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Westward expansion on the Erie Canal

The Erie Canal may seem far removed and insignificant to people today, but if you're living in the midwest or west, the Erie Canal could be the reason you ended up there. Most of my family stayed in New England and New York, but my paternal lineage was directly affected by the construction of the Erie Canal, but not necessarily in a good way.

Russel Leonard, my 4th great-grandfather, left his family in upstate New York in November of 1832 "to purchase land in the Territory of Michigan". His wife, Sophronia, published a missing persons ad in the Cayuga Republican in May, 1834, indicating that his "suffering wife and children" were desperate for information. In the notice, she states that he left from Lock Port (Lockport) on November 1, 1833, and had not been heard from since. The notice, published May 2, 1834, asked for information to be sent to the Post Master at Port Byron, Cayuga County, New York.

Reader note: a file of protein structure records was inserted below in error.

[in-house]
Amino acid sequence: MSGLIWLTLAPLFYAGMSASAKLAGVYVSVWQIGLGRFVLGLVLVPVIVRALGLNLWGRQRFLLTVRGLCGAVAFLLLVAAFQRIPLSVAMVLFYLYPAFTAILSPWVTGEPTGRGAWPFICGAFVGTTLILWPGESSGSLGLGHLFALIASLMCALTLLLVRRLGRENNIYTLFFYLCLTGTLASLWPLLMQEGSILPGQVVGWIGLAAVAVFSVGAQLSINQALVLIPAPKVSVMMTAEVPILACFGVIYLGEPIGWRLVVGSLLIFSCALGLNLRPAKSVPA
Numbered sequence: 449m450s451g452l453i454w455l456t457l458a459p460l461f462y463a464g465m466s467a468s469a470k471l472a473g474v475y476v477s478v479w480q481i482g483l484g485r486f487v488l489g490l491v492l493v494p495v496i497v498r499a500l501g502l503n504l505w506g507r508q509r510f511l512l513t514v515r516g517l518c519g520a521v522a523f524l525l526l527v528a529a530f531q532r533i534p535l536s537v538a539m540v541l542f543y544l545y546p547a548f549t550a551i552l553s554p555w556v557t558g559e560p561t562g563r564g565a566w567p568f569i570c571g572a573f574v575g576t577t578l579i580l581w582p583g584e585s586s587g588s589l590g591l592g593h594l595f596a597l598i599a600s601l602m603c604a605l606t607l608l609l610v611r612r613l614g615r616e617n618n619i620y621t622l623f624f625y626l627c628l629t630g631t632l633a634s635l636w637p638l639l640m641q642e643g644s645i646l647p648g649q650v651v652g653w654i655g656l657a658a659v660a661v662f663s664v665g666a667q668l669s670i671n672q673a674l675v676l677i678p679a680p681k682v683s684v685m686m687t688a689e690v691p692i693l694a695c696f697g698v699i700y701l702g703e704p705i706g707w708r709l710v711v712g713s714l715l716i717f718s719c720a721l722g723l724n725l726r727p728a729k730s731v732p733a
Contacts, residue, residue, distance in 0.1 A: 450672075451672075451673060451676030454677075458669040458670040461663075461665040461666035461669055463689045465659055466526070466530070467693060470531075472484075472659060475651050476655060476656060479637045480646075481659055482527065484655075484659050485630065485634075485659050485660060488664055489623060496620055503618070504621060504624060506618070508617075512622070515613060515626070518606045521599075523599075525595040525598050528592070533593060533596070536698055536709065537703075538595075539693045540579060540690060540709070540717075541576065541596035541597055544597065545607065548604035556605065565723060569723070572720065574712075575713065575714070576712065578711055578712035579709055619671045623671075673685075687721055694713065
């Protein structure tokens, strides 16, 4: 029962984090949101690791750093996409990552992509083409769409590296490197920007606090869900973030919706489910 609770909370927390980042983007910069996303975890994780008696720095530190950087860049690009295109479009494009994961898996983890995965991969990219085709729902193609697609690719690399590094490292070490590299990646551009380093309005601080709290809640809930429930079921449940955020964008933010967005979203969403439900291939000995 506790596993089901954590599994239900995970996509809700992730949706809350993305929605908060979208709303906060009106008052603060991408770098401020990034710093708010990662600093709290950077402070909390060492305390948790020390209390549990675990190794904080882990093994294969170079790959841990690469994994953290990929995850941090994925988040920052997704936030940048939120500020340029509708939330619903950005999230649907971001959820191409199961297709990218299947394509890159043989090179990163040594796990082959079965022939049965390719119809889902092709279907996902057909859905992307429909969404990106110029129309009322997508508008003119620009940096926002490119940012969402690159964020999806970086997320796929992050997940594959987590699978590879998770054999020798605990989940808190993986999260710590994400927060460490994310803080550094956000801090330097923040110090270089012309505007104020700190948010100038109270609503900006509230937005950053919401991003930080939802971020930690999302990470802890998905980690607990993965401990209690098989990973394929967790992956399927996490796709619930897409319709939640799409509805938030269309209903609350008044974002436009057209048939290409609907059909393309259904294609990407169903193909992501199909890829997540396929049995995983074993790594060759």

Since both Port Byron and Lock Port are located on the Erie Canal, I am assuming he traveled on the Erie Canal, but this has yet to be positively confirmed. As I continue my search for information, I came across an article, which sheds some light on the situation. It pertains to another pioneer, but contains much information about the circumstances and opportunities that led many New Englanders and New Yorkers to Michigan, specifically.

In this video you can learn a lot about the construction and westward migration. (Not my video).

If you have any information that could help in our search for information about Russel Leonard, or access to Michigan land patents, please let us know! Stay tuned for updates!


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